The Hidden Depth of In-Game Texts

What collectible texts and audio logs have to say about their world

The Hidden Depth of In-Game Texts
Metal Gear Solid V. Source: Author.

Have you ever read a book you looted in Skyrim? It's one of many inessential items you can pick up – in the corner of a guard's barracks, or a cave full of cobwebs. Most players, myself included, wouldn't think twice before selling the books, like throwing junk out of an over-stuffed inventory. Even in games where these collectible texts don't take up any space and can't be discarded, where you acquire them while exploring or after completing side-missions, the most people usually do is skim them. And no wonder: there are so many games coming out every year, and the time you have to play them isn't getting any longer, so wouldn't you rather enjoy playing the game rather than waste time reading the texts inside it?

But spare a moment to wonder, in the universe of each game, that these texts must have a reason for existing. They should have some sort of importance to be chosen as a collectible. In the aforementioned Skyrim for example, every book you can read is set in the same fictional universe, a world where dragons already exist and magic is real. In a world as fantastical as that, is there still room for fictional books–fantasy books–or is everything then true and autobiographical?

The world of the game affects these pieces of writing as much as these texts paint a more detailed picture of the world they belong to. A poem in dramaspunk 2077 may tell more about the political implications of a world run by corporations, or someone's inner turmoil living in that world, than if that same fact is told explicitly to the audience. It's a subtler way to show how different or similar a video game world is from the player's own.

Cyberpunk 2077. Source: Author.

Tools for immersion

These peripheral additions ultimately serve the purpose of immersing the player more deeply into a simulated world. In-game texts give the visual environments more credence. Graphical fidelity does the job of creating the appearance of a world and the atmosphere, but these texts fill it in with history. You find a dead body impaled with a pen in Fallout. Then you find a computer terminal with a log that tells you who they were before you found them and what happened. You get to read about a now-irradiated skeleton's final moments.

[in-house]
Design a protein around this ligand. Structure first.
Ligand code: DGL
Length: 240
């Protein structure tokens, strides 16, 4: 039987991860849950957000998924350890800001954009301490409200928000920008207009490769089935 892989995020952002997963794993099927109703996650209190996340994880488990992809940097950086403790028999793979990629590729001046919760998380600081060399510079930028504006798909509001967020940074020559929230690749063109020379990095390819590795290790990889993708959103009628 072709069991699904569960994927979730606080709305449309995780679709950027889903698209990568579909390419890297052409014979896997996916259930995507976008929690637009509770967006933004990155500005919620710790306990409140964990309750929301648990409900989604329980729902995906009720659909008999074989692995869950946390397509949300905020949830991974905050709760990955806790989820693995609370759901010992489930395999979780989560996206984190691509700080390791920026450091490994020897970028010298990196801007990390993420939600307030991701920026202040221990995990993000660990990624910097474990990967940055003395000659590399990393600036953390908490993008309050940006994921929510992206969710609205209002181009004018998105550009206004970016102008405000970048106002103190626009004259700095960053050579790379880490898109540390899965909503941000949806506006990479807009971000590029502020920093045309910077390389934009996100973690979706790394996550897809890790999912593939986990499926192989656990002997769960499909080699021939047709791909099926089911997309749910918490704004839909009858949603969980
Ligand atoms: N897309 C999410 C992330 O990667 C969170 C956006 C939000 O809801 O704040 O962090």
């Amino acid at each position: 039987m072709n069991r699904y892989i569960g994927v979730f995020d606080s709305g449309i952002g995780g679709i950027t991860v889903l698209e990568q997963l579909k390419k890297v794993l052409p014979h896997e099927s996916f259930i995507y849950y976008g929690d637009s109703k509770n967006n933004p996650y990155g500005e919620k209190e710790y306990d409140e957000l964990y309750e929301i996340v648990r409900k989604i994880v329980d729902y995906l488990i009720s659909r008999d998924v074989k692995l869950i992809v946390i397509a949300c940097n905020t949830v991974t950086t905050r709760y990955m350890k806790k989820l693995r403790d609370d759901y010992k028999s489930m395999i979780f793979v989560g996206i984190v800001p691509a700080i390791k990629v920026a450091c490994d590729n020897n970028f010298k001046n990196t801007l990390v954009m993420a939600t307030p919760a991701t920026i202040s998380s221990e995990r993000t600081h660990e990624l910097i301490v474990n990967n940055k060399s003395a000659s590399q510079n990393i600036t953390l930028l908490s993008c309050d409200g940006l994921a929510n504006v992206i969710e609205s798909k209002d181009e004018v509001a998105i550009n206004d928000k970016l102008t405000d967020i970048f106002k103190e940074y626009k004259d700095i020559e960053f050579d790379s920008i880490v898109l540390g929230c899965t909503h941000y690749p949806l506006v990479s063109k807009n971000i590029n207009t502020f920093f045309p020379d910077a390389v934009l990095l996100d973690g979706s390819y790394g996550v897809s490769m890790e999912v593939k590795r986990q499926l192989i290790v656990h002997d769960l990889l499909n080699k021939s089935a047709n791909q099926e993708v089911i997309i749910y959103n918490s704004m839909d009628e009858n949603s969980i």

It's like seeing a painting in a museum. The work hits you with an abstract feeling and then reading the description and getting the specific story further defines the image. The level design, models, and textures set the stage, while these optional reading materials write the drama. Together they create the mood and tone for the microcosm of their respective game worlds. With modern games so expansive and lasting for dozens of hours, texts make repurposed assets scattered around the world feel special and particular, distinguishing them from one another. A regular knight's helmet or garden-variety sword in Elden Ring may be infused with tragic poetry after the player reads a single line of its lore.

In Remedy Entertainment's Quantum Break, there is a hidden side story where one of the enemy's staff writes fan fiction about his life, in hopes of winning the heart of one of the game's other antagonists by making a movie out of his script. This story is only available through finding emails with the attached script in some of the levels. It parodies the game's story, using ideas and characters in a comedic way that involves time travel, which makes sense considering the organization the writer works in deals with time travel.

This easily missed moment makes the enemies you fight and kill feel somewhat like real people, reminding you that the stereotypical evil organization is not just comprised of faceless uniformed goons, but also lovesick nerds. This grounds us in the story, complicating the background characters by adding personality to the world. These texts could also play with genre, allowing developers to slip a light-hearted reprieve into an otherwise serious game.

Tools for insight

Another version of these collectibles are audio logs, voice recordings you find in the world, an identical form of information dispersal that is basically just a voice-acted version of the regular texts. But because it's voice-acted, sometimes these are more essential and richly written than the former. In Gotham Knights, there is an optional time trial challenge where, when finished, the player is rewarded with Batman's voice recordings, from his first year to his last. Putting aside the game's main plot, these dozen or so audio logs tell a supplementary story inside the world, one that only makes sense in the context of the game. Through these, the player hears Batman's struggles and his evolution from a younger man doubting his future to a determined hero with a family.